I sound like a broken record coming over here, but it was another really good practice. The amount of work we’re able to get done, the situations we’re able to put them through, the way they compete, and I keep saying ‘compete and cooperate’ – by that I mean: There’s great competition, but there’s nothing petty. There are not scuffles or dust-ups, there’s not negative language, and yet it’s very competitive. And I think that just bodes itself well for creating a great team environment. So that, to me, has been encouraging. I’m really impressed with the progress that the offense is making. It doesn’t show up on every single play, but everything from the verbiage – learning how to call a play and put it together sequentially in a way it makes sense, to getting to the line of scrimmage and getting set; we haven’t had a lot of formation errors, we haven’t had a lot of false starts or dropped snaps. That doesn’t mean it’s perfect, but there’s just a lot of encouraging things that you see when you look at the film, or when you watch practice, that maybe don’t show up when you’re out here just as an observer. So I think our run games is improving, I think our scheme is good – the things that we’re doing – and then we’ve got good backs. They’re all right there together. I think Bolu and Soso, and I think Nate Starks is doing a tremendous job, and Brandon (Stephens), and then putting Jalen Starks – kind of having him play fullback and halfback – it’s a really good group. And I don’t want to leave out Khalil Muhammad. So great competition there. And then they’re meshed with the offensive line. We’re asking our receivers to be more involved in blocking, and they’re accepting that challenge. So a lot of good things. And then defensively, we’re settling into a situation where guys have a more complete understanding of not only their position, but the scheme. When you can understand more than just what you’re supposed to do and how you fit in the scheme, then you’re typically going to be a more productive player and a more productive defense. So just a lot of good things happening right now. We’ve got five practices left, but we’ve got Saturday, three next week and then the spring game.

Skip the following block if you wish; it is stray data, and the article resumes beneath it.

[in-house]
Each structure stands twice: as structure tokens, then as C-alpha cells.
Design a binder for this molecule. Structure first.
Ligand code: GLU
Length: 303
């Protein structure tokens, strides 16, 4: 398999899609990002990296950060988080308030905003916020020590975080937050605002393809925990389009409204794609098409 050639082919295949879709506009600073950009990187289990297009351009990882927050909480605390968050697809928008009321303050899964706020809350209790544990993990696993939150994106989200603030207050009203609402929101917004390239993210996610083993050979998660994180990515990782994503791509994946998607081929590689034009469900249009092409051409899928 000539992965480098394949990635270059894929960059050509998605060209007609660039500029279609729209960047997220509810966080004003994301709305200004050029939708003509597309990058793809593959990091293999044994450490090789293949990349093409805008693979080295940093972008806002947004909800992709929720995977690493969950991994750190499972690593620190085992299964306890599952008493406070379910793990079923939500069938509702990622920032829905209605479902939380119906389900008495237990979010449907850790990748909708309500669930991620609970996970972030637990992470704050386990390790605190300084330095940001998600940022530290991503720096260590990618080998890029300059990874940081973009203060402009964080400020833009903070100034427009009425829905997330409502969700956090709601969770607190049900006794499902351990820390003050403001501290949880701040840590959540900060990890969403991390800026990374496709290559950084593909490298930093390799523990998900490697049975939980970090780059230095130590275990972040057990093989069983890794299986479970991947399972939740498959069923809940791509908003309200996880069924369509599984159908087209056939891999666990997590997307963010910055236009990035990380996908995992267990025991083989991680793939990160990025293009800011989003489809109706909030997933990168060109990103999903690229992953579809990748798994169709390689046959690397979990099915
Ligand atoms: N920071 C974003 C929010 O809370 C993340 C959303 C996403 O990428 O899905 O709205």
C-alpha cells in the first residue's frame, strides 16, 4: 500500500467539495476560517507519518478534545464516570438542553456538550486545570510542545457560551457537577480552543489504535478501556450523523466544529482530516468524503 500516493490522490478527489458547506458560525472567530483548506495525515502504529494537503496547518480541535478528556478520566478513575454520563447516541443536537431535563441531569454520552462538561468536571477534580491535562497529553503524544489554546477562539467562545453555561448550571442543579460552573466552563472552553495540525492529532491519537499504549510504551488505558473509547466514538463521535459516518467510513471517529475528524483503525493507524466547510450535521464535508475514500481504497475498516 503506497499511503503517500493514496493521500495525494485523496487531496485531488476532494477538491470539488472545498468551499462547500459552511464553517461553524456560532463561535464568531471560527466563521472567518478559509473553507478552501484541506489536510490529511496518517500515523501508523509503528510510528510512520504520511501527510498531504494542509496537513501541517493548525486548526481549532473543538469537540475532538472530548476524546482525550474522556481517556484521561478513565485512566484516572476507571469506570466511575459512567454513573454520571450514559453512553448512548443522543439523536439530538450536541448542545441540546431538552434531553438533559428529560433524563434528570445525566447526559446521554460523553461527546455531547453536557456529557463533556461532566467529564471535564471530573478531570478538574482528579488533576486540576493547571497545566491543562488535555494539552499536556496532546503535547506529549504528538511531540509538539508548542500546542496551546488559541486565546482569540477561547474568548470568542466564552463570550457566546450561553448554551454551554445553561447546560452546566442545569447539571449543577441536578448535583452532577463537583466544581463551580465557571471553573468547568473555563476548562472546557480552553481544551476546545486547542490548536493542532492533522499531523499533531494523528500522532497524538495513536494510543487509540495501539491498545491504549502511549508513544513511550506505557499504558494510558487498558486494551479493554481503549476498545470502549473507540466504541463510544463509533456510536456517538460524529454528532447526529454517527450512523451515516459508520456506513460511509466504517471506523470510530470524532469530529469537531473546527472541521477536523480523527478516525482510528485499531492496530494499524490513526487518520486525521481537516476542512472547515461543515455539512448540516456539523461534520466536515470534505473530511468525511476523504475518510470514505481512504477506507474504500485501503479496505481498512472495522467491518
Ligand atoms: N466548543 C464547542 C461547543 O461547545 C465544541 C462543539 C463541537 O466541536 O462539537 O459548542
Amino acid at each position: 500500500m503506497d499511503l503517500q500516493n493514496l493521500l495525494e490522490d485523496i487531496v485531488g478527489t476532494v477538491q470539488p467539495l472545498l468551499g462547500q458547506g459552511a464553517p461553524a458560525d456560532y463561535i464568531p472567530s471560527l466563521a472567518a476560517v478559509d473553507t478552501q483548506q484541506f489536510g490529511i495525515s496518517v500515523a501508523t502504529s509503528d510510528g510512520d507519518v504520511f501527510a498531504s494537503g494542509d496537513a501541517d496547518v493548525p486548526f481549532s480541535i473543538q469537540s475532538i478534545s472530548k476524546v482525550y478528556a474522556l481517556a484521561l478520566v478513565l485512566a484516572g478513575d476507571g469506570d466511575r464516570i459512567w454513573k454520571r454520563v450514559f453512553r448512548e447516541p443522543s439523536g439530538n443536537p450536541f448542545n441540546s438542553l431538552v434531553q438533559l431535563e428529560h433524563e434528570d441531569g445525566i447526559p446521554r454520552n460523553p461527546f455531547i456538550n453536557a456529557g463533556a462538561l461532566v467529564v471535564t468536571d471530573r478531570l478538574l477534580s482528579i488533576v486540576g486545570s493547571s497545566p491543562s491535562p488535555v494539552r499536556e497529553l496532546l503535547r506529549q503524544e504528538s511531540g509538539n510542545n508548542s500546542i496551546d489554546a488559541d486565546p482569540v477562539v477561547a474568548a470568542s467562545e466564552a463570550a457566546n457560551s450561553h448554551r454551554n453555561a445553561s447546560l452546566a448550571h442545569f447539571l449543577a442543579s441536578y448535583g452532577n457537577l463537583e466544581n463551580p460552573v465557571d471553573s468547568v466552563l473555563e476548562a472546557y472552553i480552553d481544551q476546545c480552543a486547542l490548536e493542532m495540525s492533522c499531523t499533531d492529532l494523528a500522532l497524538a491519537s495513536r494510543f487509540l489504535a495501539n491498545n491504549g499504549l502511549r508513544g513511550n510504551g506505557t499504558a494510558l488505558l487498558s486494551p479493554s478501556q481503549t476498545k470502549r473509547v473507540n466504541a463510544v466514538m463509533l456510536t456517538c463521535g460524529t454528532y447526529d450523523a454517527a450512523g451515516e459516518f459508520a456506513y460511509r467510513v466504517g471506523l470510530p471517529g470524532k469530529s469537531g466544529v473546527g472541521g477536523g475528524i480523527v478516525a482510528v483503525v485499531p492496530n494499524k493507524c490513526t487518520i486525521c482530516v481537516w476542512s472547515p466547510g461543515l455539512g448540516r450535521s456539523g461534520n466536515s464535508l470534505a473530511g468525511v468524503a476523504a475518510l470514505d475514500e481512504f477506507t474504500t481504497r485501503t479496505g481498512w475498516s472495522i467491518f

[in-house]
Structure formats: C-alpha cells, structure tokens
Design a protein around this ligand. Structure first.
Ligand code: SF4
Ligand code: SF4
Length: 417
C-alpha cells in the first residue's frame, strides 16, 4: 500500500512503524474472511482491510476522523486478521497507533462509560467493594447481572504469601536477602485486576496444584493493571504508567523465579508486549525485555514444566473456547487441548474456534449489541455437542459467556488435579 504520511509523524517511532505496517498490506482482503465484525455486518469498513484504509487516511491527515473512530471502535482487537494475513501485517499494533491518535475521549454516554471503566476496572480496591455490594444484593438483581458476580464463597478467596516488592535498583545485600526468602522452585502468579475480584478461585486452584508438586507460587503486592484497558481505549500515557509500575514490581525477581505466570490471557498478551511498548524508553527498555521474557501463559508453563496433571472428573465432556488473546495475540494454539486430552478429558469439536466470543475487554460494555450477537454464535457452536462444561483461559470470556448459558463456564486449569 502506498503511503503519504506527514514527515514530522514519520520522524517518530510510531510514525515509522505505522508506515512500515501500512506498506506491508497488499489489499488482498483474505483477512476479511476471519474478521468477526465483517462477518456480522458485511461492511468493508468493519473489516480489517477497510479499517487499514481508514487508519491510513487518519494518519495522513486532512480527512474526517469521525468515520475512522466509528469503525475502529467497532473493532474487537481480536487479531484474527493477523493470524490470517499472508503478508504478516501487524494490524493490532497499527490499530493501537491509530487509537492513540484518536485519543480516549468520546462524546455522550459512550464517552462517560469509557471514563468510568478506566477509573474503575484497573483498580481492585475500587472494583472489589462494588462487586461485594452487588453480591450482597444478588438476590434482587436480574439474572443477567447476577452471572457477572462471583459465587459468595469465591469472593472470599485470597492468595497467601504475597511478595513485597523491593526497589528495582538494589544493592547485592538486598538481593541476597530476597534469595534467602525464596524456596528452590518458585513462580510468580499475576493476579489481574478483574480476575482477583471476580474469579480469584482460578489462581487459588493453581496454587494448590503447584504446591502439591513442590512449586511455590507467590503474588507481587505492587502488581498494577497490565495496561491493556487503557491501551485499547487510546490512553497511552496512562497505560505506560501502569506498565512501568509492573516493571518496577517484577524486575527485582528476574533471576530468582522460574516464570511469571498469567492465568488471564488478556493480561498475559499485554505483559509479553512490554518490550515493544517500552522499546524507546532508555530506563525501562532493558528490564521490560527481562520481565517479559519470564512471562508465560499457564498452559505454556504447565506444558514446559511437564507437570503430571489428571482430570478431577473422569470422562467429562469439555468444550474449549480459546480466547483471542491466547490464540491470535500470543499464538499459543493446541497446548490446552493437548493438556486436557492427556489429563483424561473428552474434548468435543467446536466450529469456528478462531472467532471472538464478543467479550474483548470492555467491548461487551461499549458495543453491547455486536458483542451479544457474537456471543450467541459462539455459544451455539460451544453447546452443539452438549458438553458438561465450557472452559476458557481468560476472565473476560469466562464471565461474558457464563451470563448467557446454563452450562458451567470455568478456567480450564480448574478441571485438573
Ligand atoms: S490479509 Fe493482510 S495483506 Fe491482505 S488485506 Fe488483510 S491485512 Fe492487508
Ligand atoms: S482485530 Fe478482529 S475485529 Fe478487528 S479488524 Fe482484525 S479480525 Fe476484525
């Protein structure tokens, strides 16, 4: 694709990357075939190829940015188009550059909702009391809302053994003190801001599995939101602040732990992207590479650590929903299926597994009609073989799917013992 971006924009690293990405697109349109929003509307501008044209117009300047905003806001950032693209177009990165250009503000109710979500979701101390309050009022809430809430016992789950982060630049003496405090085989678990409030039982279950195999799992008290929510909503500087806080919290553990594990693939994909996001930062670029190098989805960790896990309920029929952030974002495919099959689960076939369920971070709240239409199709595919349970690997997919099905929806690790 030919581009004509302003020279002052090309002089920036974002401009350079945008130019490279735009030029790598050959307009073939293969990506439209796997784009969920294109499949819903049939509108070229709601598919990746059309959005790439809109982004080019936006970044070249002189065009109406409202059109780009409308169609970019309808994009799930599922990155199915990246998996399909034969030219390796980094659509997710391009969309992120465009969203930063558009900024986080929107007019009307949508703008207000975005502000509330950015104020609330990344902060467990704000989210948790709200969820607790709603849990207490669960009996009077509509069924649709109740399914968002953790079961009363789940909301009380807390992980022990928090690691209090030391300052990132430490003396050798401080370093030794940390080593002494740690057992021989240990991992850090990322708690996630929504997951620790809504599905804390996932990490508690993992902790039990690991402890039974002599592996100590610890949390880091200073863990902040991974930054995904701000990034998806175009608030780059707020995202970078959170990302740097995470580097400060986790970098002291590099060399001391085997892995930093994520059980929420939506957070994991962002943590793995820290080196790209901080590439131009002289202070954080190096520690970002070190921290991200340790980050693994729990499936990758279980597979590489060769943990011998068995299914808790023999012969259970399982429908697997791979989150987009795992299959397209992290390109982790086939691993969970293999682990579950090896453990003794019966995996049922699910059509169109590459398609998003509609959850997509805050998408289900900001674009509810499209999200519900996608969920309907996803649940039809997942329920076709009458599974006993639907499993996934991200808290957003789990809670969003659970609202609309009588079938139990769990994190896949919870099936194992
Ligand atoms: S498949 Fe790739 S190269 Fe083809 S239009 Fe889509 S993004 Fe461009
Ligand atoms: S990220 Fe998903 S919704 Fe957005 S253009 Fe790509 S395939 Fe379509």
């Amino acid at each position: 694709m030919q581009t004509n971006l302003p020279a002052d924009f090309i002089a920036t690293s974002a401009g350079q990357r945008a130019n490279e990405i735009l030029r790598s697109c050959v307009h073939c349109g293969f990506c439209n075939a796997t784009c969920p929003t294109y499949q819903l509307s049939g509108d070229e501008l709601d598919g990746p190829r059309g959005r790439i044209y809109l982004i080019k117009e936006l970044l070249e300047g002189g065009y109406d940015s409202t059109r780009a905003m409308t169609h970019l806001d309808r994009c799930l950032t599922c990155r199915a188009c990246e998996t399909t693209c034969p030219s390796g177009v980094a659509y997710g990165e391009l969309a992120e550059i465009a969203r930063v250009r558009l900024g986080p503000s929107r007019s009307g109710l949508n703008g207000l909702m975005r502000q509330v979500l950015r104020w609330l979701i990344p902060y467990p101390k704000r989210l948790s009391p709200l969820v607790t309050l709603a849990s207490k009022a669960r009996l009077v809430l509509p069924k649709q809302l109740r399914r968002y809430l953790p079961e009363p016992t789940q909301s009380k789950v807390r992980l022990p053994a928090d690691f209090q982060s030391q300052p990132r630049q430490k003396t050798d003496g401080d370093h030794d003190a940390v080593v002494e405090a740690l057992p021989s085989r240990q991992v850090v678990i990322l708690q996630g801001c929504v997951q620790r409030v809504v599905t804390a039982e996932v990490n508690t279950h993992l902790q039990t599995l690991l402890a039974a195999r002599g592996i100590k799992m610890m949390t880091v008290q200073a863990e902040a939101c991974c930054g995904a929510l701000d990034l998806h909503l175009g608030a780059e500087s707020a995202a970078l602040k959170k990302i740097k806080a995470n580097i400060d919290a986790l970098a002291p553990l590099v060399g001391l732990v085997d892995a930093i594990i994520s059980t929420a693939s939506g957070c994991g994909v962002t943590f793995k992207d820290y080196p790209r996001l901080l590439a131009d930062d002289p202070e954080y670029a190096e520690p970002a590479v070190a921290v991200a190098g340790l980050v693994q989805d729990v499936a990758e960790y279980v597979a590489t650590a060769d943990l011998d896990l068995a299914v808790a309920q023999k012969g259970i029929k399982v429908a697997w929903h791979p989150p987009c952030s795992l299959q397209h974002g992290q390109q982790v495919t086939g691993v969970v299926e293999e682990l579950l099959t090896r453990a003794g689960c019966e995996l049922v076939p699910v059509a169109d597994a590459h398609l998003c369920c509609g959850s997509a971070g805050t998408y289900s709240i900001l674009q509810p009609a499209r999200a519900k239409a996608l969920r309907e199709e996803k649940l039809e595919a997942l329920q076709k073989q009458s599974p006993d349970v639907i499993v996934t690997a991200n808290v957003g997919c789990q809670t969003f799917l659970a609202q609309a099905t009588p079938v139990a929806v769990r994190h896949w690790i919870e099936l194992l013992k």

On having a spring game
Our objective is to come out here for the spring game and make it an actual game. That doesn’t mean all the special teams will be live, but we’d like to think that if we can stay healthy the way we have, that we’re able to put together two squads and have a blue-vs.white actual game on Drake – which I think a lot of people want to see, and I’d like to see us be able to accomplish.
On whether the team is equipped to play a spring game safely and without injury
I do at this point, but it could change. And the reason I do is because I see them understanding how to practice with a level of physicality without cheap shots. The defensive backs understand that they’re not going to blow a receiver up just to blow him up, you know. They know how to practice. That doesn’t mean it’s always perfect – we have moments where we have to settle them down and we have to reign them back in. But they know how to practice, so I think that at this point, I can tell you that we are going to have a real spring game. But it could change.